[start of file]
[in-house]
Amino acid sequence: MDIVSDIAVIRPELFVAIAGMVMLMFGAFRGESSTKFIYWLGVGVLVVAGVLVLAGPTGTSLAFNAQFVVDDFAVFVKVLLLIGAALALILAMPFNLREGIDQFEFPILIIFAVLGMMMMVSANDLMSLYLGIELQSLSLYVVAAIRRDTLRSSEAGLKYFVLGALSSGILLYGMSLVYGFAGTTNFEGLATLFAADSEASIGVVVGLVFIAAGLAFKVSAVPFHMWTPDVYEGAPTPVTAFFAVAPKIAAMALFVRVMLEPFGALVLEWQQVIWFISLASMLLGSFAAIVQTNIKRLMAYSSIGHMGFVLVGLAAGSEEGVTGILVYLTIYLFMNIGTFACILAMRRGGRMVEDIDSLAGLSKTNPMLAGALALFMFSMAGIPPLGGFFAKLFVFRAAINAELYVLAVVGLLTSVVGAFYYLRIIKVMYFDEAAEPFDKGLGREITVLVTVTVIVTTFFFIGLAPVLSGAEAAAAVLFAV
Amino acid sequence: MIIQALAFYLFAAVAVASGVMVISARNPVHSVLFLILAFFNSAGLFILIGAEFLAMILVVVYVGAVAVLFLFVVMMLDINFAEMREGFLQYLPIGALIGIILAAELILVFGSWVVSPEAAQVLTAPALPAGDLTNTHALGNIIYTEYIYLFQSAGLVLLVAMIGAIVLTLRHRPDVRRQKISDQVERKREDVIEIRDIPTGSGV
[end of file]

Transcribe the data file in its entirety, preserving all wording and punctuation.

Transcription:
[in-house]
Amino acid sequence: MDIVSDIAVIRPELFVAIAGMVMLMFGAFRGESSTKFIYWLGVGVLVVAGVLVLAGPTGTSLAFNAQFVVDDFAVFVKVLLLIGAALALILAMPFNLREGIDQFEFPILIIFAVLGMMMMVSANDLMSLYLGIELQSLSLYVVAAIRRDTLRSSEAGLKYFVLGALSSGILLYGMSLVYGFAGTTNFEGLATLFAADSEASIGVVVGLVFIAAGLAFKVSAVPFHMWTPDVYEGAPTPVTAFFAVAPKIAAMALFVRVMLEPFGALVLEWQQVIWFISLASMLLGSFAAIVQTNIKRLMAYSSIGHMGFVLVGLAAGSEEGVTGILVYLTIYLFMNIGTFACILAMRRGGRMVEDIDSLAGLSKTNPMLAGALALFMFSMAGIPPLGGFFAKLFVFRAAINAELYVLAVVGLLTSVVGAFYYLRIIKVMYFDEAAEPFDKGLGREITVLVTVTVIVTTFFFIGLAPVLSGAEAAAAVLFAV
Amino acid sequence: MIIQALAFYLFAAVAVASGVMVISARNPVHSVLFLILAFFNSAGLFILIGAEFLAMILVVVYVGAVAVLFLFVVMMLDINFAEMREGFLQYLPIGALIGIILAAELILVFGSWVVSPEAAQVLTAPALPAGDLTNTHALGNIIYTEYIYLFQSAGLVLLVAMIGAIVLTLRHRPDVRRQKISDQVERKREDVIEIRDIPTGSGV